What matters is that activists, politicians and officials bring them to light and are protected when they do so - for that reason, the latest scandal is an important test of Russia's resolve to fix the problems.
Cruel and unusual
In the Russian Criminal Code, there are evident principles cemented within the law that define punishments for wrongdoing as well as protect victims, the public and even the perpetrators of crimes themselves. One such principle is the idea of "humanism", which is meant to protect the dignity and rights of a class of people under direct observation and control 24 hours a day, seven days a week.
Many countries have similar principles either directly stated in their criminal codes and constitutions or implied in any corresponding case law. At the international level, multiple covenants and agreements fix various standards and legal norms into writing. The international community universally accepts many of these norms as fundamental - meaning all states should honor them. A prime example of these basic and essential standards include the banning of torture and other human rights violations.
Some may wonder why criminals - especially those sentenced for especially dangerous or heinous crimes - are even afforded such protections in domestic and international law. The answer is as simple as the fact that modern society strives to do better than the wrongdoers and that many nations recognize the inherent, inalienable rights and dignity that all individuals possess. To ignore society's social progress and turn one's back on the natural rights of others would be to abandon one's humanity.
However, the protections on paper do not stop the global flood of instances of prisoners succumbing to wounds inflicted by guards, legal cases exposing methodological rape and leaked tapes of various acts of torture.
Tackling the problem
So, what of the leaked footage? The director of Russia's federal prison services quickly dismissed multiple officers in connection with the incident. Some of those dismissed are currently at the center of criminal investigations and facing prosecution. These swift actions by governing bodies show at least some understanding of the immensity and implications of such crimes, and the public outrage seems to have added to the sense of urgency.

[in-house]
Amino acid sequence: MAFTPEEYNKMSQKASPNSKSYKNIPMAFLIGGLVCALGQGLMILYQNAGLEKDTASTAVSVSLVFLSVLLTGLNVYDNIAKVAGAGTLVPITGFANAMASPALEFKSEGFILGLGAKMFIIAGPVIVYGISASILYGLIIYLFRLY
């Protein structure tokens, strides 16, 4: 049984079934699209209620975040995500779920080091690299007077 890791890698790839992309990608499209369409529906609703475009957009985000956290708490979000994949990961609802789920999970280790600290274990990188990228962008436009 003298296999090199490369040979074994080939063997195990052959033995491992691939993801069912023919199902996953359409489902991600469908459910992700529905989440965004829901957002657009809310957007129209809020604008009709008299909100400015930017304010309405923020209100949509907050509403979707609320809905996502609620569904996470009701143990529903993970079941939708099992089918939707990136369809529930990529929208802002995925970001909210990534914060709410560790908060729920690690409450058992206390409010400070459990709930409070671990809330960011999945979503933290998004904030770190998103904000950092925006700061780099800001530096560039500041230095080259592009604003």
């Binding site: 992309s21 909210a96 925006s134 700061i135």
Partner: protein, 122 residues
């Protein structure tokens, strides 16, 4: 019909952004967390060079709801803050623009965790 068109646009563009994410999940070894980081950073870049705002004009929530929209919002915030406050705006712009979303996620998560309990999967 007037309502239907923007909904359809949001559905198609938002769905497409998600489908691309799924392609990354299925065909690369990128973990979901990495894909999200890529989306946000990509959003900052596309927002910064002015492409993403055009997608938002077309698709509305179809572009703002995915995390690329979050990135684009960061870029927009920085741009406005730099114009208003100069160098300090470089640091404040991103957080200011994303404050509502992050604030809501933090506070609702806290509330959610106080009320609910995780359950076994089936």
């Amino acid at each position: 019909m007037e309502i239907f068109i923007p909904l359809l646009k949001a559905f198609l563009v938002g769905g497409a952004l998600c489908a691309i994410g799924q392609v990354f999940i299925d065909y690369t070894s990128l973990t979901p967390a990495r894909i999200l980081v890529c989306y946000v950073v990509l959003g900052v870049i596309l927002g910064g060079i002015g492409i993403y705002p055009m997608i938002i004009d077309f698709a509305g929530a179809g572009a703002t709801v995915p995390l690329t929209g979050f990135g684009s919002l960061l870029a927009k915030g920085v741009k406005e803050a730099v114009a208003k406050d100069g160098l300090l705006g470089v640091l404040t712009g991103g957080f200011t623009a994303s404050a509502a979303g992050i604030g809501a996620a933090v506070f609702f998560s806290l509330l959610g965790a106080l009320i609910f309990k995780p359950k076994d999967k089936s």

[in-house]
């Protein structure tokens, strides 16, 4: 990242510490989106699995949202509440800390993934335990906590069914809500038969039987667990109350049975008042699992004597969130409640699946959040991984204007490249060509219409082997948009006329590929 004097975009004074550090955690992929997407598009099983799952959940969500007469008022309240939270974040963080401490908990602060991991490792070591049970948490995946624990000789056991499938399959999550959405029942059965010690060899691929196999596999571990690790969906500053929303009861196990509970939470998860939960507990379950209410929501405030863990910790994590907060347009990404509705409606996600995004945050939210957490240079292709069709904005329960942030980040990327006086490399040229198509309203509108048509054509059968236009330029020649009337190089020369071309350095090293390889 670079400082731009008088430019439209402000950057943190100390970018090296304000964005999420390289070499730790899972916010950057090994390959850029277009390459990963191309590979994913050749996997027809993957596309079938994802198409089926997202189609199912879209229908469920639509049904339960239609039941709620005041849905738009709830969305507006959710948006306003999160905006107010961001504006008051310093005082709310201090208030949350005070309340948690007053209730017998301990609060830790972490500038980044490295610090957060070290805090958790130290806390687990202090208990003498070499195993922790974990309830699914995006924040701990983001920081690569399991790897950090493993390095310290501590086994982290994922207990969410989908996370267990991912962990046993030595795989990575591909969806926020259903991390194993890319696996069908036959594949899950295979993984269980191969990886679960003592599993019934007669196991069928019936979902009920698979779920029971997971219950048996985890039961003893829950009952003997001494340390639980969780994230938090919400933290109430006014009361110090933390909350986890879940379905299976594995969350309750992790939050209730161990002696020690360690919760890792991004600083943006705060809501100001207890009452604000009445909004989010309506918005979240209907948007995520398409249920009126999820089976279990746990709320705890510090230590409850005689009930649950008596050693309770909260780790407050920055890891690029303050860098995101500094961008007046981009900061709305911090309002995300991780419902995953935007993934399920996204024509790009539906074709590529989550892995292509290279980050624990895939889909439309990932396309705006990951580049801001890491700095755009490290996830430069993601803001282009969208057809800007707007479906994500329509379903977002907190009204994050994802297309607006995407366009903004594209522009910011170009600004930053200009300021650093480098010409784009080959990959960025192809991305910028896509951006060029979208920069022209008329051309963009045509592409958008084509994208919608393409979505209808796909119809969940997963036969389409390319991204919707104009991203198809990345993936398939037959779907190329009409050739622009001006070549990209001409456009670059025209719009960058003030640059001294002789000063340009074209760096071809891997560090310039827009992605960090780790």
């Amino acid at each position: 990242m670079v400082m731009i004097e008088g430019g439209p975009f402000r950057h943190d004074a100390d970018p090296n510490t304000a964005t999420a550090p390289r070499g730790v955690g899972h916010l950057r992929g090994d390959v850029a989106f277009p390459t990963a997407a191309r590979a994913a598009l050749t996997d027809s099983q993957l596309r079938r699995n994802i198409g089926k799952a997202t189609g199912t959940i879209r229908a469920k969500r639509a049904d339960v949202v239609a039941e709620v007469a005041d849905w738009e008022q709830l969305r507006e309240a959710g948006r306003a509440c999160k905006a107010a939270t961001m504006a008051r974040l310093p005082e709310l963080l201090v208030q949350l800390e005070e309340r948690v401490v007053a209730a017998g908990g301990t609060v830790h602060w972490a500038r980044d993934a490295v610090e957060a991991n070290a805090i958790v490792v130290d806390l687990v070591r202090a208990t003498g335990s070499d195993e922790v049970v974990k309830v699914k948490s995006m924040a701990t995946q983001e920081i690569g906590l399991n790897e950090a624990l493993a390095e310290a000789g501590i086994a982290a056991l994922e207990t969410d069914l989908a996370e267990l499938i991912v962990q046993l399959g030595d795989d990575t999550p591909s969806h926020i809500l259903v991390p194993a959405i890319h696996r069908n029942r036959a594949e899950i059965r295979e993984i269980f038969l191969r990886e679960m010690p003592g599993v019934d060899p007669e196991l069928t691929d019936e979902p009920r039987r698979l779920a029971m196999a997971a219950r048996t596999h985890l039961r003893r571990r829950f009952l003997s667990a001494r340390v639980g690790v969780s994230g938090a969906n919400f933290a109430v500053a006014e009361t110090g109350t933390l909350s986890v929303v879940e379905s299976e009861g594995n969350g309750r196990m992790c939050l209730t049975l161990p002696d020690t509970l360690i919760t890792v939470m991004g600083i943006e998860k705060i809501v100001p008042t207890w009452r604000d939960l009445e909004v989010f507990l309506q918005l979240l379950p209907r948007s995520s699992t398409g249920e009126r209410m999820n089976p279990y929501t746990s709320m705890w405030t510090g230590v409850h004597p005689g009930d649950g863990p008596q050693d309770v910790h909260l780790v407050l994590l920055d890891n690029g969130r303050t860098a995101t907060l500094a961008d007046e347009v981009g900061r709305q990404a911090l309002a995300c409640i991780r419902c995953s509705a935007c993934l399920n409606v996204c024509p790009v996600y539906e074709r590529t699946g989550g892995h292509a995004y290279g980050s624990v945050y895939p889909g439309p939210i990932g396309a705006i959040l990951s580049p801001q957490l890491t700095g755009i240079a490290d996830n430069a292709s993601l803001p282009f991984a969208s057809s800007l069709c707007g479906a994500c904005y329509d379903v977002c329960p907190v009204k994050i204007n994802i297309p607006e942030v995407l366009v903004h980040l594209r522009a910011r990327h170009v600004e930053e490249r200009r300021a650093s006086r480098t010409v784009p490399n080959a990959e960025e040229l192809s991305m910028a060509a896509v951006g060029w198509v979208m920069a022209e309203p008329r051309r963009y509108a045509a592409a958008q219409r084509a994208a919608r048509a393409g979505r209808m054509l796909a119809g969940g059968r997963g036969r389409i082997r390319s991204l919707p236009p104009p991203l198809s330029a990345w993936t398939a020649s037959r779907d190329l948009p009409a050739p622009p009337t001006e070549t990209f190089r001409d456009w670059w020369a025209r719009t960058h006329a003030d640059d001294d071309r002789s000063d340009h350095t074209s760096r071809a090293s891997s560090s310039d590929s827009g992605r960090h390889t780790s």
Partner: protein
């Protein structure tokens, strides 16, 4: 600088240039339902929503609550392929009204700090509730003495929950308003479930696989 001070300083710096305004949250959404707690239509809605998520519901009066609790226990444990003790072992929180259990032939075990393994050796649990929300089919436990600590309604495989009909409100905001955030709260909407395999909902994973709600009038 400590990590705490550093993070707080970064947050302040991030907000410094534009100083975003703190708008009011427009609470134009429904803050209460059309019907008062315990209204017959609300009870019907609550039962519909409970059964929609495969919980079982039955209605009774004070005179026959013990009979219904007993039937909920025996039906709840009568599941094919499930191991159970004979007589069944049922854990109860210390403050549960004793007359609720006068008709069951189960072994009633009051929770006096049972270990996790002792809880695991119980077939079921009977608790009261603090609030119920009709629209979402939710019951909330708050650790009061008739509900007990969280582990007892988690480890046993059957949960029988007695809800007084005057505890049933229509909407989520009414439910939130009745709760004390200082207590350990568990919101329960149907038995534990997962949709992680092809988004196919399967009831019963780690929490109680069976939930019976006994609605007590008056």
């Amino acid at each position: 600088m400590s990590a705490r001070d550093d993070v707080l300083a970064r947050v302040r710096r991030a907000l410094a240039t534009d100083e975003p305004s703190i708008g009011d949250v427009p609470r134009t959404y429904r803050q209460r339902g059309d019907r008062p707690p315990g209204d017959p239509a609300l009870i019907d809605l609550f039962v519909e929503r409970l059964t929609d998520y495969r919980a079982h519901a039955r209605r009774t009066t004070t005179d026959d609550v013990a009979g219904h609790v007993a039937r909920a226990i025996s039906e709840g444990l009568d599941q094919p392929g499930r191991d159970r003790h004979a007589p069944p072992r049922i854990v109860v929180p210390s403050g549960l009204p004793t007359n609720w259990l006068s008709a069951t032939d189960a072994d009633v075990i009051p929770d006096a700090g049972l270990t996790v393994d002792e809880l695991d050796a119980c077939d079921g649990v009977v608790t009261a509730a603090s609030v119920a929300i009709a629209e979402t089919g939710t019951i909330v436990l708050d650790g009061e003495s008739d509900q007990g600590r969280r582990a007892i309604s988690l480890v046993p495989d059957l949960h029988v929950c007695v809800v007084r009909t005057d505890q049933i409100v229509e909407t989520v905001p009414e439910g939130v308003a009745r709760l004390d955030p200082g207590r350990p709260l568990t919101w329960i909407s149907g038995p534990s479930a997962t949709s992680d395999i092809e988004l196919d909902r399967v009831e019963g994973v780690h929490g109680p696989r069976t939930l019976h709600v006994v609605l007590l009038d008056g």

News agencies, including RT, presented the outcry against the horrific show of human rights violations in Russia as a pressing concern. And rightfully so - such a blatant abuse of power shows how easily atrocities can fly under the radar of the public eye when they take place behind bars. The whole situation and the ensuing uproar from the global community have proven that something needs to change - it's not enough to just be outraged every time something happens and then let it return to normal.
As a start, governments could push for more cohesive legislation that protects inmates. A re-look at what constitutes a lawful and unlawful punishment would present a concrete legal basis going forward - something that could further ensure specific acts do not fall through the cracks on a technicality. Improved resources and better advocating for the incarcerated could lead to better legal representation for victims of inmate abuse and more public awareness of an issue that plagues prisons everywhere.
Before it is all said and done, the outrageous and unethical instances of abuse in Russian correctional facilities do not have to stop at being only a scandal. Instead, they should serve as a wake-up call for the global populace and governments that some of the worst atrocities take place just next door. Domestic human rights violations may be an ugly truth, but it does not have to be this way going forward.
Instead, it is better to learn from the situation and eliminate a problem that has continued worldwide for far too long.
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The statements, views and opinions expressed in this column are solely those of the author and do not necessarily represent those of RT.